Cambridgeshire is a county of diverse lowland habitats and varied geology with a long history of botanical recording. This 1,000-page flora, one of the largest to be published in recent years, covers 2,330 species and hybrids. This is an increase of 1,072 on the last Flora published in 1964.
The main body of Flora of Cambridgeshire contains comprehensive species accounts without illustrations. The introductory chapters are illustrated and discuss topography, geology, climate, an extensive history of plant recorders in the county, and a review of gains and losses of species. Sites of botanical interest, many of national importance, are also covered, such as Chippenham Fen, Wicken Fen, the Devil's Ditch, the Ouse Washes, and the urban flora of Cambridge.
This is an essential reference for botanists, ecologists, naturalists, land owners, conservation organisations, local authorities, planners and all those with an interest in plants growing wild in this beautiful and interesting county.
Alan Leslie has been recording the Cambridgeshire ﬂora since 1972 and was BSBI Recorder from 2005 to 2019.
"Cambridgeshire has the longest and most detailed record of wild plants of any county in Britain, and quite possibly in the world [...] Given the trend in county floras towards giantism, one might have expected a whopper this time, but this one is off the scale. It is nearly a thousand pages long, for a start, and it weighs a ton. And yet, in the main part there are no pictures and no maps, either, but just dense columns of text. Illustration is confined to the first 144 pages [...] If all that sounds a bit breathtaking (and it is), this is a perfectly readable and well-designed flora, full of exactly the sort of information that interests field botanists. It is radical both in its exclusion of the usual maps and in its depth of detail. Like some other recent floras, it forms a kind of testament: to years and years of detailed recording, to the state-of-the-art of field botany, and to a clear intention on the part of the author to leave nothing out [...]"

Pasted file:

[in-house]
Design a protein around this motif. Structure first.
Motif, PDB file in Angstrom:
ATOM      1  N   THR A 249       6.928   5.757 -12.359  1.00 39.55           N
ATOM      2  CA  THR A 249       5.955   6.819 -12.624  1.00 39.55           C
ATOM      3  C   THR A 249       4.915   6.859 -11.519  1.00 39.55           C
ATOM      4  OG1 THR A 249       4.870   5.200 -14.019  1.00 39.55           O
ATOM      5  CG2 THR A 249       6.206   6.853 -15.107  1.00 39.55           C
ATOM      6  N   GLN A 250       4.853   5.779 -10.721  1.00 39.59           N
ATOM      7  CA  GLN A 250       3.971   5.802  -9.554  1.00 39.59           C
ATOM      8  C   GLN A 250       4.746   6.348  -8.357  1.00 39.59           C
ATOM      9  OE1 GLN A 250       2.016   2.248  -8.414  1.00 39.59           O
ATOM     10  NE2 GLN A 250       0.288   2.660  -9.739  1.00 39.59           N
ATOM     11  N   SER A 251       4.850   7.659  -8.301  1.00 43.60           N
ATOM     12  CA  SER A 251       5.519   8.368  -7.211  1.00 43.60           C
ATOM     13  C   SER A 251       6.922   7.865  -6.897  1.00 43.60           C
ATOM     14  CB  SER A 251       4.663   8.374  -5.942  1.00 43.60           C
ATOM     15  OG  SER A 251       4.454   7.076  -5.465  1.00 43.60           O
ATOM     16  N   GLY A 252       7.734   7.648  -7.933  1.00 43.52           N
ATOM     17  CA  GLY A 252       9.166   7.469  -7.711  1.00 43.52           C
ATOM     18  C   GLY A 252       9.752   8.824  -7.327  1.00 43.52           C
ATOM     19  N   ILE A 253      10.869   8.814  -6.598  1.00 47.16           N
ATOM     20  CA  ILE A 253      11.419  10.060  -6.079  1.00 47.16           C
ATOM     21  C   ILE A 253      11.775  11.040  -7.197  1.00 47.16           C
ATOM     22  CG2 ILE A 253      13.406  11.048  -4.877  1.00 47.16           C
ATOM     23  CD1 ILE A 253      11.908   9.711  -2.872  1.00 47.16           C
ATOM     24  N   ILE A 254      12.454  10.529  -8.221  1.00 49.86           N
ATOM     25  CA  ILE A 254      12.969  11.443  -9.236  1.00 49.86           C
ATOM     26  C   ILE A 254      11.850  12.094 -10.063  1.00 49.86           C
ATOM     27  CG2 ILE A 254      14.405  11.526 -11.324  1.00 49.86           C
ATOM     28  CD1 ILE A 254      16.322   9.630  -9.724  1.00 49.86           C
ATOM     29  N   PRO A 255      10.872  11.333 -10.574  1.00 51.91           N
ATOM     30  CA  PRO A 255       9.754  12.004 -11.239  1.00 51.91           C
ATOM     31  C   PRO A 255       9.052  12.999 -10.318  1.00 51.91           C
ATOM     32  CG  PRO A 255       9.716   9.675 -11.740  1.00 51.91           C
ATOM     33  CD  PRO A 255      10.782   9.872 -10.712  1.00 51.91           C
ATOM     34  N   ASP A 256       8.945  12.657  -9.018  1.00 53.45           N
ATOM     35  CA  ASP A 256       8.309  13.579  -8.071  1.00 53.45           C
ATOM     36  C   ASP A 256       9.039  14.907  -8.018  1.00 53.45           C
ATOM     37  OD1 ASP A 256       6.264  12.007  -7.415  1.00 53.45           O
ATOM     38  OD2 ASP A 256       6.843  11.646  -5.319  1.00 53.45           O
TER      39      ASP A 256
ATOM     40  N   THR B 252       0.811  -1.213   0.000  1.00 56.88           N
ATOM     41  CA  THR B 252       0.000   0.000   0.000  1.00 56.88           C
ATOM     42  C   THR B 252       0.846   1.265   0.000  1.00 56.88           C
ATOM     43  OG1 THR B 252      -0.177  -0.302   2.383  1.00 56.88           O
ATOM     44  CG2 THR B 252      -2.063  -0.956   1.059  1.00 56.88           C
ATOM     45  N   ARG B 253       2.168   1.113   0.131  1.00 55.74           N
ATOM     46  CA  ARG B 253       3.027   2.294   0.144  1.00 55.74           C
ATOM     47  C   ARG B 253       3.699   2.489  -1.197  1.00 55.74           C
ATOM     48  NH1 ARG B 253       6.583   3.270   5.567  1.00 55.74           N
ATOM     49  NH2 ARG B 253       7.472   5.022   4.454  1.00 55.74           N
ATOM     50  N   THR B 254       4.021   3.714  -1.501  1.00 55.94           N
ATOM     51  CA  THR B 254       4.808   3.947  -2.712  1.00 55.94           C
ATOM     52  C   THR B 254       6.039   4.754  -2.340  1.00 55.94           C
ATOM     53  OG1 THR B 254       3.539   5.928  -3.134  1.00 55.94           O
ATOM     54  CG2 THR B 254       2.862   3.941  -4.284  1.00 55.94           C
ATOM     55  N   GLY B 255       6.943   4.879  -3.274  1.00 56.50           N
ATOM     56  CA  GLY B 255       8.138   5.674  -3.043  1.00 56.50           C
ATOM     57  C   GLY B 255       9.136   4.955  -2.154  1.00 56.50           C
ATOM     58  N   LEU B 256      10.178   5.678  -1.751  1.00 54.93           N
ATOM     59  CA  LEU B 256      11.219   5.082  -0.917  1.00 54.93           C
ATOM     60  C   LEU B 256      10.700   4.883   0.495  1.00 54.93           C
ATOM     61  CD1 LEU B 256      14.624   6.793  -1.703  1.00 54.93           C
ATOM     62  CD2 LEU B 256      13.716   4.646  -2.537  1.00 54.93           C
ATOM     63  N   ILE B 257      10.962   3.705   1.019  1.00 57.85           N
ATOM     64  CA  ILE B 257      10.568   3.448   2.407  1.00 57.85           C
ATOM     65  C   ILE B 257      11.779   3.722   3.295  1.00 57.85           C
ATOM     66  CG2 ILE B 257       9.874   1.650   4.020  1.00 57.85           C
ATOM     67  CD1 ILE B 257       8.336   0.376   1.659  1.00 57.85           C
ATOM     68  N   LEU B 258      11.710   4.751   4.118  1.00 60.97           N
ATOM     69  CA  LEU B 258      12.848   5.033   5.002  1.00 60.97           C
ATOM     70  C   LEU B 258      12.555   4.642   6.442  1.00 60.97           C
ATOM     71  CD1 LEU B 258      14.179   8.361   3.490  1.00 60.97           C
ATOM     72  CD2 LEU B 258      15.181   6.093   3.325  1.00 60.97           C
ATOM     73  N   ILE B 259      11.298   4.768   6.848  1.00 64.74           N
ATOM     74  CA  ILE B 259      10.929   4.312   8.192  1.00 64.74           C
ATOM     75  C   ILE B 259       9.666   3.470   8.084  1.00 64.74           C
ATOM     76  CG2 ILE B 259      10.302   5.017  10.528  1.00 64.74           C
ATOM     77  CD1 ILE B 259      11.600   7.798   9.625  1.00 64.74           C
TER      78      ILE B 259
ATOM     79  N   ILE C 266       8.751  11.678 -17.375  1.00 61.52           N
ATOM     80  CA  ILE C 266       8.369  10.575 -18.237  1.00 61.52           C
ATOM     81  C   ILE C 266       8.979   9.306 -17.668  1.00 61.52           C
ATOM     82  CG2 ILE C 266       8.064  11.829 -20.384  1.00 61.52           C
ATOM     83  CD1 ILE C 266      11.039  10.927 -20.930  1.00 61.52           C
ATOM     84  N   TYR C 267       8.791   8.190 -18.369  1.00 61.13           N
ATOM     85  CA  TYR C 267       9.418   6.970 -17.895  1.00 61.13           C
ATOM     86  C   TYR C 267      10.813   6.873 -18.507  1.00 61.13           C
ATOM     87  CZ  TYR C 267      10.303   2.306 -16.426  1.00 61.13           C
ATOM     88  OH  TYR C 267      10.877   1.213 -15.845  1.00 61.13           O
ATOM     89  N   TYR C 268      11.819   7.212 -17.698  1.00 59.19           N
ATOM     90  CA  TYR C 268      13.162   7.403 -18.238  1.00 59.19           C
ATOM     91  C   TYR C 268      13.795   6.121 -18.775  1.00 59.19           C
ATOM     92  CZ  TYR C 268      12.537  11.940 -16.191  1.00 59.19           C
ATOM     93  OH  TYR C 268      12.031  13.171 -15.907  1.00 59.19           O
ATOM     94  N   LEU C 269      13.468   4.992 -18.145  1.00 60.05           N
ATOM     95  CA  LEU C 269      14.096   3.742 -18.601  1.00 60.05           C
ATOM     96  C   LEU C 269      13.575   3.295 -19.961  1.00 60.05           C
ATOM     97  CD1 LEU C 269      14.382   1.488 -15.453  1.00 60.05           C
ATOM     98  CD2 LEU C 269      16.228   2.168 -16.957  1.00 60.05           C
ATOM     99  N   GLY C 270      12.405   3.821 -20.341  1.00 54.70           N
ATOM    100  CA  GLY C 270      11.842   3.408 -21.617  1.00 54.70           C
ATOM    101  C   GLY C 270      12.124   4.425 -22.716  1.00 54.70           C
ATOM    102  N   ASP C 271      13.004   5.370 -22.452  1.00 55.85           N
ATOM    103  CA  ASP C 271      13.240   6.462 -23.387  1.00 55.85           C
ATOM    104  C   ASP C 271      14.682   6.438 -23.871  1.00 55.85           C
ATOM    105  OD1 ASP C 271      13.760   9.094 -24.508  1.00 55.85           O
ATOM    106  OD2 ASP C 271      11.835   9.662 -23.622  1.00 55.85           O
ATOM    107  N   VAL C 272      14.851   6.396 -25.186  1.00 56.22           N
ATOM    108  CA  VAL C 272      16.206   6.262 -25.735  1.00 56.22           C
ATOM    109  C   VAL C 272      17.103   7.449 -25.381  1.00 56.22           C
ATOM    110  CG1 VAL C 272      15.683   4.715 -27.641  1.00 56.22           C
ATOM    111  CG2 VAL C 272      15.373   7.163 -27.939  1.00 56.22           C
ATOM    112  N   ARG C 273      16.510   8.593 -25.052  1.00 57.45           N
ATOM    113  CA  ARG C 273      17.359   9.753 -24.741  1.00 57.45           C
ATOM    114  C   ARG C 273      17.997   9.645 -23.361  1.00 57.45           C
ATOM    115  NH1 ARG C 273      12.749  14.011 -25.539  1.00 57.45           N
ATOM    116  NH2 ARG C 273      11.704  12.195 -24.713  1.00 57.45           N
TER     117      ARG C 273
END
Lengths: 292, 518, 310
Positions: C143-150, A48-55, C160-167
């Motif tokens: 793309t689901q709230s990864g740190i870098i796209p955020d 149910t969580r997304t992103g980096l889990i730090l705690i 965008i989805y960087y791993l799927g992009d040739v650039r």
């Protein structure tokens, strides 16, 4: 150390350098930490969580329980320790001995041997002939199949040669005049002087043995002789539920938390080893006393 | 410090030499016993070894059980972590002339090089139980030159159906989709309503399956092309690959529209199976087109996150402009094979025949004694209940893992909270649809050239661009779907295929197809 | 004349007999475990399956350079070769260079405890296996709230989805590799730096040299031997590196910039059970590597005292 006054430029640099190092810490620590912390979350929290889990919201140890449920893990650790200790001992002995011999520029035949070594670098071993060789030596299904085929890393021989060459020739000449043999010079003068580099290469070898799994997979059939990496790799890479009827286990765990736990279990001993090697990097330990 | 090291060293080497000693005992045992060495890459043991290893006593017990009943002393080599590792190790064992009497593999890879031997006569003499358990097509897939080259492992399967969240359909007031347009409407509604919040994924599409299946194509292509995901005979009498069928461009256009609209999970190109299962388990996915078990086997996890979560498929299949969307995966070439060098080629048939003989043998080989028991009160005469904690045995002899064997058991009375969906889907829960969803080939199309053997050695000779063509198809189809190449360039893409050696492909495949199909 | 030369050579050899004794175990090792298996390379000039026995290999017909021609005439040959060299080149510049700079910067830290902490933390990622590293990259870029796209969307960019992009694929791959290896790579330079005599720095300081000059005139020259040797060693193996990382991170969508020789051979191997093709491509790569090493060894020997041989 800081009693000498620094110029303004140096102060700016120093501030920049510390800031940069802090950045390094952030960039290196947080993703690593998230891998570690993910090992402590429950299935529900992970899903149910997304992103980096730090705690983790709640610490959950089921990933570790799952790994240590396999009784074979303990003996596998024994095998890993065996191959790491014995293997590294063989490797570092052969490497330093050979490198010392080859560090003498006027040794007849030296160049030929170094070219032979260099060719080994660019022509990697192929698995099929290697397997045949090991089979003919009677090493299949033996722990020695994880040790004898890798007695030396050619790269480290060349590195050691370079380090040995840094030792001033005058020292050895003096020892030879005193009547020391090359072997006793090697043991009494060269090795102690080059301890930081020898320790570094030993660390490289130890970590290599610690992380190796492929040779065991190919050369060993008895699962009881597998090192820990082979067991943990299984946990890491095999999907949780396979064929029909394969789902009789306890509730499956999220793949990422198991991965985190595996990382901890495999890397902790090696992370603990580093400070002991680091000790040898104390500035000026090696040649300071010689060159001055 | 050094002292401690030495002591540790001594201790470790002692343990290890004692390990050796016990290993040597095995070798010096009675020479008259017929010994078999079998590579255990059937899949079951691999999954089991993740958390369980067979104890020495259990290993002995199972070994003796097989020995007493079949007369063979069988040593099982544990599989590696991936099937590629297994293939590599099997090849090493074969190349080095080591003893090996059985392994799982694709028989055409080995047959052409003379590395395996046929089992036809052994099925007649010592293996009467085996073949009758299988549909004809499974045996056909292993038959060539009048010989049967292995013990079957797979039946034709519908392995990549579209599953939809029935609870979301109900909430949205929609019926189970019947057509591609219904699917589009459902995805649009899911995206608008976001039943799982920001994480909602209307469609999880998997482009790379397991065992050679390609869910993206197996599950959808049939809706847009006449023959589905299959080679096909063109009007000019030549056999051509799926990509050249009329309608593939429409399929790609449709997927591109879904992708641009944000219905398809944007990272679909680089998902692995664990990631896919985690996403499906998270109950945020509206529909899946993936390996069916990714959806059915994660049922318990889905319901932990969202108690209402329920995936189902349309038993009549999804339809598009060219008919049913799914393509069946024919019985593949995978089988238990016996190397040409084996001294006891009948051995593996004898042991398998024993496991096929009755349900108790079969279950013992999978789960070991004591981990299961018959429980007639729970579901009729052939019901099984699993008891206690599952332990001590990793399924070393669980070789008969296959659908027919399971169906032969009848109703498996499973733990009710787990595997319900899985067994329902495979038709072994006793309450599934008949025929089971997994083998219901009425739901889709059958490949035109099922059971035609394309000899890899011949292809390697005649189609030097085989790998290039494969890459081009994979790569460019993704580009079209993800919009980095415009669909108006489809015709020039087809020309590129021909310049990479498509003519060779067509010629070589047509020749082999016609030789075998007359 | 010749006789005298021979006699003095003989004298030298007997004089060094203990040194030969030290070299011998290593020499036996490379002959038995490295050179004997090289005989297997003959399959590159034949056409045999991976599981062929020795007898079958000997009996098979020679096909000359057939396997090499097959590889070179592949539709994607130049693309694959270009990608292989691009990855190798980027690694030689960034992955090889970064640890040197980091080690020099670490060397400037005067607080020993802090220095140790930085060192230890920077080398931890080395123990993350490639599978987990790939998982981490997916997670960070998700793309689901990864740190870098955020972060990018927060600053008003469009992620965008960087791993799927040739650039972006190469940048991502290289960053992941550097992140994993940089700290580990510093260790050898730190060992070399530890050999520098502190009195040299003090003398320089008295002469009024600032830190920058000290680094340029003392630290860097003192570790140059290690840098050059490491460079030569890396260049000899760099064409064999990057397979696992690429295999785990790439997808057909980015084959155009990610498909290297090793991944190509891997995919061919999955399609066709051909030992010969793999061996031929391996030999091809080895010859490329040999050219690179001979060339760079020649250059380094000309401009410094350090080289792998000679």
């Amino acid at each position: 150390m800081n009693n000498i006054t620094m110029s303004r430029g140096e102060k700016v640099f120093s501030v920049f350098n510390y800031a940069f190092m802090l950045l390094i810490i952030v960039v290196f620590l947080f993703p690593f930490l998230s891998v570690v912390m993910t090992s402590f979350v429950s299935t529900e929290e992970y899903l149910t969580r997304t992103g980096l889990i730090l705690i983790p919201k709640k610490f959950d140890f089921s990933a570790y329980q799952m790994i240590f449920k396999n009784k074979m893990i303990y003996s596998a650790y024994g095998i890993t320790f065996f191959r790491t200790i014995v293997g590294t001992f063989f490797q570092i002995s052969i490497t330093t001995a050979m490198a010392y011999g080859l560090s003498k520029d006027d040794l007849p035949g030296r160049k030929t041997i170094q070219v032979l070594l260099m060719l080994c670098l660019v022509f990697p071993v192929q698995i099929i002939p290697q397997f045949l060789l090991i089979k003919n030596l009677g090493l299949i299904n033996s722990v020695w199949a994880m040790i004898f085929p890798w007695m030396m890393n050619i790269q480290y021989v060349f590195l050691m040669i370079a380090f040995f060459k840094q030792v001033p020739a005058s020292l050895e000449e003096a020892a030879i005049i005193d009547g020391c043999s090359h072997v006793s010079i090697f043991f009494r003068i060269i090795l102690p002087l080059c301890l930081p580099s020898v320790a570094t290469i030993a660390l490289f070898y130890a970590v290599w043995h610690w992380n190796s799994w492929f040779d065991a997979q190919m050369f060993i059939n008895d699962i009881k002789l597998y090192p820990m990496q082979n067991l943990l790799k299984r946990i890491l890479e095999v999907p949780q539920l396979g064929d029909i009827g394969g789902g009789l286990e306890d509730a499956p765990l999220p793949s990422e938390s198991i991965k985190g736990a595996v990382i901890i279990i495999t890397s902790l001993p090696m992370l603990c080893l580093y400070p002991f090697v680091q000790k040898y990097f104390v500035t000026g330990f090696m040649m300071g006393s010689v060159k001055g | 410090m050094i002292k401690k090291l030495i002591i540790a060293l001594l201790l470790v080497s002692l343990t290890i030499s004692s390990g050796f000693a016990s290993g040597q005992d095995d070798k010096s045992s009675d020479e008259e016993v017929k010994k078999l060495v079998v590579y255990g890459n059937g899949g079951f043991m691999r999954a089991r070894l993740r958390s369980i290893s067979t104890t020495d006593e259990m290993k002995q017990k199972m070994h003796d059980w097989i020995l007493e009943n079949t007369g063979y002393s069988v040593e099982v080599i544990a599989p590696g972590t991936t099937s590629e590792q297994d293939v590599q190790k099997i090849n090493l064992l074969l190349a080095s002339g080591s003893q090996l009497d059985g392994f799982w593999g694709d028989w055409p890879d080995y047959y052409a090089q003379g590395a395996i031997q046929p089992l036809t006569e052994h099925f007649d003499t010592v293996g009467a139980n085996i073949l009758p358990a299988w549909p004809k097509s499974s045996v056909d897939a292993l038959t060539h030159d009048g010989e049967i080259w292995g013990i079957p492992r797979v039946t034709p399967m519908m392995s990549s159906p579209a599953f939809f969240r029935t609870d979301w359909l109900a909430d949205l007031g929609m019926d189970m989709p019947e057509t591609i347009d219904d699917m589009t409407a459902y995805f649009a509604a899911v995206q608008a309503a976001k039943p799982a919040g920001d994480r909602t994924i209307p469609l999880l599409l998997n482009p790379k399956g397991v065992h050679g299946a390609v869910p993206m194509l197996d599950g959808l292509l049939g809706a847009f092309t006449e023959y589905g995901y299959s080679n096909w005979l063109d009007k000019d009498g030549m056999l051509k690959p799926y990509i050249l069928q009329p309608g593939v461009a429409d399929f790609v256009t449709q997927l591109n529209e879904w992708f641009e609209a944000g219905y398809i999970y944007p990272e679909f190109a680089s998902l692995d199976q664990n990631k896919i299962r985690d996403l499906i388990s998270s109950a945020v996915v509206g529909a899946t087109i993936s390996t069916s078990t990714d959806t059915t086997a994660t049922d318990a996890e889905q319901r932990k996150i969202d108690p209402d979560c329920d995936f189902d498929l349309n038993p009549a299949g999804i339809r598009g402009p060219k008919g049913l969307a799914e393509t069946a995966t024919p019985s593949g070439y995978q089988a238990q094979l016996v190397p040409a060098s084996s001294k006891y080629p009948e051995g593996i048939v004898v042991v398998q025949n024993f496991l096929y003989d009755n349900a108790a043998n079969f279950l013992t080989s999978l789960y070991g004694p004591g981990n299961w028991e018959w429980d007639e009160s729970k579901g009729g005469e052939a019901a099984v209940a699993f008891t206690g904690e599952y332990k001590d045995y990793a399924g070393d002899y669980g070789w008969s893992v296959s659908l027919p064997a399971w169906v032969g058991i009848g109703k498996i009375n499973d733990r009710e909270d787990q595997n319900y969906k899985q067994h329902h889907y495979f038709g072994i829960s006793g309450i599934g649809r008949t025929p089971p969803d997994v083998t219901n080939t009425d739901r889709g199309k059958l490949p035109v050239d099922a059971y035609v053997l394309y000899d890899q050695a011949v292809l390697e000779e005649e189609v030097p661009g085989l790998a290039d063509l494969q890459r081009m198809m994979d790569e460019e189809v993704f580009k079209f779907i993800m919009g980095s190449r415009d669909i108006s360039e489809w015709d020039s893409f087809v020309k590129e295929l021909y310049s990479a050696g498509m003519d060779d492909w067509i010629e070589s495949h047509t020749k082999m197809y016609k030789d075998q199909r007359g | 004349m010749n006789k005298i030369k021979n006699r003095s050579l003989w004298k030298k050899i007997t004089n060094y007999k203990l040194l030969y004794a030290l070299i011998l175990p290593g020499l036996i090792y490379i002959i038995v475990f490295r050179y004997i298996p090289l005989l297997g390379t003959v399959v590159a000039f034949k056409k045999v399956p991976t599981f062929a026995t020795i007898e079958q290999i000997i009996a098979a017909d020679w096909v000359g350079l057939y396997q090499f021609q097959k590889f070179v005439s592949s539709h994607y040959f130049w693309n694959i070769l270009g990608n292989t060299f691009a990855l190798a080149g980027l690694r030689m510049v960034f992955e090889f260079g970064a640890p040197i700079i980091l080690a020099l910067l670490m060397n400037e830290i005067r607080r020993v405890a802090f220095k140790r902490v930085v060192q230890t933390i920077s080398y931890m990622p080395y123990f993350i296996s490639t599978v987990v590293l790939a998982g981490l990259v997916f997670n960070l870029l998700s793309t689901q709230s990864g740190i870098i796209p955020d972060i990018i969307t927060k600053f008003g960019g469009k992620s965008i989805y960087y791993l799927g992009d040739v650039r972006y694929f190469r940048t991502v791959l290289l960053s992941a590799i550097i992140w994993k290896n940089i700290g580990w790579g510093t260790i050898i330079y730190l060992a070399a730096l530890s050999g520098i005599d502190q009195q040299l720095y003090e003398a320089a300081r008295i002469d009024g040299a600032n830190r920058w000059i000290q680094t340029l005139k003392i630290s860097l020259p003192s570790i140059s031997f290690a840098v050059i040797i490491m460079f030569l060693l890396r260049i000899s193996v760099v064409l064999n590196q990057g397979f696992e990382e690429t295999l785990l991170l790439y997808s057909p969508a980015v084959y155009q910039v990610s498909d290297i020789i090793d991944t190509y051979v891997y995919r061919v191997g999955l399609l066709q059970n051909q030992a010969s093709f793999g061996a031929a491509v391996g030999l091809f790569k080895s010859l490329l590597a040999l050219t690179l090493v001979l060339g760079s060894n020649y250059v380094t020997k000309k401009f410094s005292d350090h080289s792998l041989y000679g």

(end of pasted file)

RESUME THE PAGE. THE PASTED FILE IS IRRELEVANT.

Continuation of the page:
– Peter Marren, British Wildlife, Volume 32(1), October 2020